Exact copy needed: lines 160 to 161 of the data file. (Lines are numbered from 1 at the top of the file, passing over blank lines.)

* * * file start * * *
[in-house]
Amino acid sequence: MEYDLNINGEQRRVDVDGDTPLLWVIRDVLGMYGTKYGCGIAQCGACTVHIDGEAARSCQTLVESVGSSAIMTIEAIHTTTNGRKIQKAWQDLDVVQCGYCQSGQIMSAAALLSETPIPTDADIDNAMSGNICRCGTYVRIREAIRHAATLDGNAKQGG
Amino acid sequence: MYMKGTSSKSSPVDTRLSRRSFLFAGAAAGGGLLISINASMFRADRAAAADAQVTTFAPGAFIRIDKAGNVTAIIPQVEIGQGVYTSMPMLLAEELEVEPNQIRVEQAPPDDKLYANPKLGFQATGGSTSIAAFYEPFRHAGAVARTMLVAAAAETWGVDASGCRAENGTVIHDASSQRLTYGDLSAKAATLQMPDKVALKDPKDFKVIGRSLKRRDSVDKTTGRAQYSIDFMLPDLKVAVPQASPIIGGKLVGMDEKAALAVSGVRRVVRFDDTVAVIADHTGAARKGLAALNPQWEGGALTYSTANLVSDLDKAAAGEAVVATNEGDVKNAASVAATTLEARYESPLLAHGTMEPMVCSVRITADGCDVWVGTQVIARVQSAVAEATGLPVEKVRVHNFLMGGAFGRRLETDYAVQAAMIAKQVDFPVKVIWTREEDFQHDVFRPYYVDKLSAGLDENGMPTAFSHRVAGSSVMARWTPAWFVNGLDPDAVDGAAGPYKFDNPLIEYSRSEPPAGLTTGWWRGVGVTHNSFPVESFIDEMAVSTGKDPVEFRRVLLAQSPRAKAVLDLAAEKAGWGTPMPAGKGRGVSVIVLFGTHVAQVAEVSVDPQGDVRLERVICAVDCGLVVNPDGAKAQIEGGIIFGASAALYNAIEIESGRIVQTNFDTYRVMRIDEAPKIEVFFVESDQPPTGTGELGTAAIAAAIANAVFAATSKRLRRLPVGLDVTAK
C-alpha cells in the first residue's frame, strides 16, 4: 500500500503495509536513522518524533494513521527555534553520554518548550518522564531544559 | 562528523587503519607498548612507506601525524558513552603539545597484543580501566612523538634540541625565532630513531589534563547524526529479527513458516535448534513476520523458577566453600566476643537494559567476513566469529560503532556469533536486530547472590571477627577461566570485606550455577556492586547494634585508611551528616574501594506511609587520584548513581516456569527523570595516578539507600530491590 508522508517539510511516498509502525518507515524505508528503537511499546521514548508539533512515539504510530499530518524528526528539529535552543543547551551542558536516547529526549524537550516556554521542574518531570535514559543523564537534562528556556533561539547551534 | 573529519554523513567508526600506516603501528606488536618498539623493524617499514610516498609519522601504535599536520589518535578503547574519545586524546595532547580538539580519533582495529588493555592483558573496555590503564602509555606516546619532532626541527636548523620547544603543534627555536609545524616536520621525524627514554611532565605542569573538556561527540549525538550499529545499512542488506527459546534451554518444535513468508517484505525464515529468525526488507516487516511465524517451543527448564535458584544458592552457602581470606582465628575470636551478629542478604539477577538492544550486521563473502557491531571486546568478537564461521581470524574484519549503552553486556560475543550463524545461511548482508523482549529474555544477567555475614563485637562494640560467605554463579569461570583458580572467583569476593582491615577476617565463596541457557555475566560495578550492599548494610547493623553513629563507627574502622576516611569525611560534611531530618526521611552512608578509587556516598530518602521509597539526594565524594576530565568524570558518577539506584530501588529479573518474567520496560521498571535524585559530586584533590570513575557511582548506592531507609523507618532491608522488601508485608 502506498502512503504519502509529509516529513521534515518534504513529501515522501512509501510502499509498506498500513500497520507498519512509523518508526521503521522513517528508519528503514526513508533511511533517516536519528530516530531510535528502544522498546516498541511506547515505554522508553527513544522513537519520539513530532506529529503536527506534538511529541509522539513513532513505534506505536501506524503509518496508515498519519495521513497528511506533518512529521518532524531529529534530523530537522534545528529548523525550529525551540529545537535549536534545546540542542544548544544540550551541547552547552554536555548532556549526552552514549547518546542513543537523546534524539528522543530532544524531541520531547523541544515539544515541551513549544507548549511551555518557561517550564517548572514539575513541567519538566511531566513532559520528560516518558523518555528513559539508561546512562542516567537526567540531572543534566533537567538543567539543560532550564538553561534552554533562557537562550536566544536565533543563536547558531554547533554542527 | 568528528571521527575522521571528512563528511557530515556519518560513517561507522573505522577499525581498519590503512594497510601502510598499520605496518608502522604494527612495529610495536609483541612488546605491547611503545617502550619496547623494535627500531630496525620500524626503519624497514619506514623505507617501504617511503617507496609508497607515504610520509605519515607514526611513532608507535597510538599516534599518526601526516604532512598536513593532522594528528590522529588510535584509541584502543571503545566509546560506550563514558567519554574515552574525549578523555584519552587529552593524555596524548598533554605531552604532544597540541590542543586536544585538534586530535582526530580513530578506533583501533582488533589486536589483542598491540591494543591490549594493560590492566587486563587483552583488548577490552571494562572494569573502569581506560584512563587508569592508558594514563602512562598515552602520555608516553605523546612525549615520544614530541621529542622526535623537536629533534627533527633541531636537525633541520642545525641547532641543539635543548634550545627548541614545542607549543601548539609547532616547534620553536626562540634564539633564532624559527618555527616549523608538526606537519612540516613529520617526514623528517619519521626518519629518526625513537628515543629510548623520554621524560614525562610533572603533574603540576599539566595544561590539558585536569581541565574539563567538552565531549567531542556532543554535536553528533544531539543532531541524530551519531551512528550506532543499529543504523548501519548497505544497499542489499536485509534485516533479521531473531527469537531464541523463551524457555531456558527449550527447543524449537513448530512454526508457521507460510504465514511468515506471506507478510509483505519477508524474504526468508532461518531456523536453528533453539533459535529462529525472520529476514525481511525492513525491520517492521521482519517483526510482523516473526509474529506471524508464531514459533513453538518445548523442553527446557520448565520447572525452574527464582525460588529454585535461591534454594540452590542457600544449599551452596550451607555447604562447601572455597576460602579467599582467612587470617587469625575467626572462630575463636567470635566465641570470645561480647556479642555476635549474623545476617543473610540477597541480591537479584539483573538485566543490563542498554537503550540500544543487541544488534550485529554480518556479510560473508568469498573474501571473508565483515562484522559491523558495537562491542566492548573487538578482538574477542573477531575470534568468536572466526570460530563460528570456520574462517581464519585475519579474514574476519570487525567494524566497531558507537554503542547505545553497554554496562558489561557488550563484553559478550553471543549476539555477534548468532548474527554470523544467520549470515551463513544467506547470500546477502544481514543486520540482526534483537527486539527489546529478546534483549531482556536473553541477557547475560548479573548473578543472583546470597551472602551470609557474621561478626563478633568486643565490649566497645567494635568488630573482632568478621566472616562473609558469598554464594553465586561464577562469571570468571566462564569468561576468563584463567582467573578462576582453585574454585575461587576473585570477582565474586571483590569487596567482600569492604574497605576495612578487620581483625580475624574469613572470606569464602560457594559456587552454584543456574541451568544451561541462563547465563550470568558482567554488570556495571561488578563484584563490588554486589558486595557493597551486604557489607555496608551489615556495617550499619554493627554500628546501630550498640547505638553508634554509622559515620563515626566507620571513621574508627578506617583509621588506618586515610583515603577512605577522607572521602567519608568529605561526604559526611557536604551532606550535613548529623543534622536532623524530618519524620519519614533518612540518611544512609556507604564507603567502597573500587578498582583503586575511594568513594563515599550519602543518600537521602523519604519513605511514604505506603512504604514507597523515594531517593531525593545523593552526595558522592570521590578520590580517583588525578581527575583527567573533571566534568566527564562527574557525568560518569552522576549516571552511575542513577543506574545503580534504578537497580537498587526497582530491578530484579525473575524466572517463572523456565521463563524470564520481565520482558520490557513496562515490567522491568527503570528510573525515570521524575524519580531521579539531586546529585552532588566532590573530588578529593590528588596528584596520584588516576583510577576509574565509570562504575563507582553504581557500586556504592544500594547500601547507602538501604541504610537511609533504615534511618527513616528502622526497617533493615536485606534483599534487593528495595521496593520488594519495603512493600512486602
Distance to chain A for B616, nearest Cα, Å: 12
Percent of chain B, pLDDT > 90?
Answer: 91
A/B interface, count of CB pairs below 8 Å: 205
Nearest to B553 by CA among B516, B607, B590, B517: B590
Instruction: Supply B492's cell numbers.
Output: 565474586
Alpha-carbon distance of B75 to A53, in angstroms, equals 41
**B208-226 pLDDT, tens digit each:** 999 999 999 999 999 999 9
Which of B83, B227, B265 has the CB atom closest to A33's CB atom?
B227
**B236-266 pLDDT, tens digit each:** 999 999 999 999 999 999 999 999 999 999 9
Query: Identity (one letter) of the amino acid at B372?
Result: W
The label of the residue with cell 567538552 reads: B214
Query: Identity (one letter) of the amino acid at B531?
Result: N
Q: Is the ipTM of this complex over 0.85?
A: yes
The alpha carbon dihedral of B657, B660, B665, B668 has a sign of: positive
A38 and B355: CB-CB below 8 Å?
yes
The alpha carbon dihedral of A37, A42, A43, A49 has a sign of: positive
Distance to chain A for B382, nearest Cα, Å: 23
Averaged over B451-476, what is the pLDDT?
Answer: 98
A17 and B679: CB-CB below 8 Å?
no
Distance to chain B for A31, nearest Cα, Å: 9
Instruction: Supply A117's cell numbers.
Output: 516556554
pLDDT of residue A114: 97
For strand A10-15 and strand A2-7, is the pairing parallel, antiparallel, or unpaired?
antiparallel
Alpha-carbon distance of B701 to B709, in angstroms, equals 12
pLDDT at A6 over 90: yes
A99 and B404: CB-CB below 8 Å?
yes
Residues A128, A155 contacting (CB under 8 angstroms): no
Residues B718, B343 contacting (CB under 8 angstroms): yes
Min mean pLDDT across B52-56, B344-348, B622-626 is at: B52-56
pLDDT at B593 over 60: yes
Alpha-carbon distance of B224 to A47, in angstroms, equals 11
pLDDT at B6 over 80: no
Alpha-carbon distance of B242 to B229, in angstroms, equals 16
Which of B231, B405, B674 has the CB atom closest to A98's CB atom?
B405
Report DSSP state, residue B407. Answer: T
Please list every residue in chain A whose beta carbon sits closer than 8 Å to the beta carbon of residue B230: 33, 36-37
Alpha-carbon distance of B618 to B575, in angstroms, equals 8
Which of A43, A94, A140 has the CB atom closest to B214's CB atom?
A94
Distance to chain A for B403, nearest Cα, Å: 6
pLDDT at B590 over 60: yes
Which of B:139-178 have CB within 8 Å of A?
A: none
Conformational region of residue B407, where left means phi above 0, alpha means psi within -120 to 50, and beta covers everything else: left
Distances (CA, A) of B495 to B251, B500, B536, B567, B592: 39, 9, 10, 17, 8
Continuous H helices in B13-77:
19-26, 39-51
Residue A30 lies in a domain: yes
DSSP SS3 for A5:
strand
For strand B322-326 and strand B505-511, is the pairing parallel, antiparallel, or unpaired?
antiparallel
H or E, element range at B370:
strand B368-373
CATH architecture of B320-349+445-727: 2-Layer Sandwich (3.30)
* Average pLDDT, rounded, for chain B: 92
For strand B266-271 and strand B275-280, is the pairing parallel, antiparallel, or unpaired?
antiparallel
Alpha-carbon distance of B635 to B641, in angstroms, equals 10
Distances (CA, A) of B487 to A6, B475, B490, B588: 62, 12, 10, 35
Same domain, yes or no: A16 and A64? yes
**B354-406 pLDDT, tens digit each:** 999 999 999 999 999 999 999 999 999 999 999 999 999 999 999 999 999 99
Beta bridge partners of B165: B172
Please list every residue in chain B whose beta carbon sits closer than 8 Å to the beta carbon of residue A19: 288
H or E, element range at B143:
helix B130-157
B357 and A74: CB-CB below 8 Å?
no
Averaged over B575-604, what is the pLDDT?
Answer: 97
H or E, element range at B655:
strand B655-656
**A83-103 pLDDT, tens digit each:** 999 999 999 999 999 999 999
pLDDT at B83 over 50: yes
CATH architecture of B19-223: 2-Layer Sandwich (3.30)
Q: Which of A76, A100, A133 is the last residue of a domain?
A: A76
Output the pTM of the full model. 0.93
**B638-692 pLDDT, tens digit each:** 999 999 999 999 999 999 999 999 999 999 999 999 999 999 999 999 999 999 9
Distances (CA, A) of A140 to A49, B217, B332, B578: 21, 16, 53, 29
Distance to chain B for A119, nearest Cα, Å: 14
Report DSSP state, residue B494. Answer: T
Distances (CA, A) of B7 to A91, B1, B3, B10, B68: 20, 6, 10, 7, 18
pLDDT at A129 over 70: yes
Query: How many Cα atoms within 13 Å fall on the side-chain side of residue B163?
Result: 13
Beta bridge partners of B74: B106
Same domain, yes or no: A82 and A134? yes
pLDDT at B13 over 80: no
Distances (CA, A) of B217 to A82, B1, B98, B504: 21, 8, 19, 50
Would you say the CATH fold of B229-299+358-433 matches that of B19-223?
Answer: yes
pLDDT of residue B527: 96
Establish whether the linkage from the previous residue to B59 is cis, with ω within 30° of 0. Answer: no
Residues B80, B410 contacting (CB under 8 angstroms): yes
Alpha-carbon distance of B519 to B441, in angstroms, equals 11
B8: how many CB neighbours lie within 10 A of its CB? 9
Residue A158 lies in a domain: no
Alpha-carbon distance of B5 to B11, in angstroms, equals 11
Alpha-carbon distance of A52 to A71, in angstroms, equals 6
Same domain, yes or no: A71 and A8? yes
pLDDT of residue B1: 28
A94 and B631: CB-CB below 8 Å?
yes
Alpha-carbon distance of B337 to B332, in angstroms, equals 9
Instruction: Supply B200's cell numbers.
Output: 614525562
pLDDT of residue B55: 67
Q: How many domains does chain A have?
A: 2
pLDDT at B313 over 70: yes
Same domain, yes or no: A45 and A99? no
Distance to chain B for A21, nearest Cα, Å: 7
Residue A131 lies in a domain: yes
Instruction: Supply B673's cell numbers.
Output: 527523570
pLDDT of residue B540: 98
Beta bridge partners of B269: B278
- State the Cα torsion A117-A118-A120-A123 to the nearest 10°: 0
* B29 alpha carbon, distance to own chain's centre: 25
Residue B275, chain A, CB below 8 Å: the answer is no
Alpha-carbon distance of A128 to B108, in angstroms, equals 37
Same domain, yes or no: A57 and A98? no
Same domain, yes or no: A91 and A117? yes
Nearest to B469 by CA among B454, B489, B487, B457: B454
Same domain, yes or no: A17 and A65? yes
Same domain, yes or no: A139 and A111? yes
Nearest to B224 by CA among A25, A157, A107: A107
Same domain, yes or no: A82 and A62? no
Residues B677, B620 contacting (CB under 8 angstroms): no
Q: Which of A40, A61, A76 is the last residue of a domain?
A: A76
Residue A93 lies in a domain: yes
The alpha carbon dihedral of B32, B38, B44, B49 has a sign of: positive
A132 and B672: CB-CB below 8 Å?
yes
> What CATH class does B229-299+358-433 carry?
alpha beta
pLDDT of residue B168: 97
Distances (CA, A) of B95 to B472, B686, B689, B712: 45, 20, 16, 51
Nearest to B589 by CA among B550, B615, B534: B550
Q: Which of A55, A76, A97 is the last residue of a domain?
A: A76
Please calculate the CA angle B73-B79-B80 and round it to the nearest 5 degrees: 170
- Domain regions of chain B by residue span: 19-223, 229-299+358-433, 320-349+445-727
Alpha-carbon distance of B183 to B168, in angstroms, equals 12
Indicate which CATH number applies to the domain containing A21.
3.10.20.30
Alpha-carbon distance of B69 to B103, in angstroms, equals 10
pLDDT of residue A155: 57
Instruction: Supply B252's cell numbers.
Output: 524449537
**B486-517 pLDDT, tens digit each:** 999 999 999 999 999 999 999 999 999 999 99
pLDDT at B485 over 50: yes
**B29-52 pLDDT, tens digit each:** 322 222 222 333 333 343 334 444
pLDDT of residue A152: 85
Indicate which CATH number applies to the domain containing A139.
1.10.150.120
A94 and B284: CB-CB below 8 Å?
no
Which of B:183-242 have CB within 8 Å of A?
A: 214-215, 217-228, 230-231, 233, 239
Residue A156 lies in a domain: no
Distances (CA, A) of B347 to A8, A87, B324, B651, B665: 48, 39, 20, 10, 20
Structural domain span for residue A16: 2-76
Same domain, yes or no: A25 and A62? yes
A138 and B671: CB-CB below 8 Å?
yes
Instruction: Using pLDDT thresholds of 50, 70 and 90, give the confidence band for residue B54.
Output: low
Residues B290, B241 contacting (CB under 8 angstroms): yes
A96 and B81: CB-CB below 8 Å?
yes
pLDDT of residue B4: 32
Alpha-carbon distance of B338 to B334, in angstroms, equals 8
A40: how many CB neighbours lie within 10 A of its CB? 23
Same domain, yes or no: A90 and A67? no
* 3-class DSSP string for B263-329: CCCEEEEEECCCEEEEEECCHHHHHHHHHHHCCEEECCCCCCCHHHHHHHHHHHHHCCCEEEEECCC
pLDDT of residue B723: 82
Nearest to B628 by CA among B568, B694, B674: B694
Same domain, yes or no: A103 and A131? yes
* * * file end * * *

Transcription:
A: A76
Please calculate the CA angle B73-B79-B80 and round it to the nearest 5 degrees: 170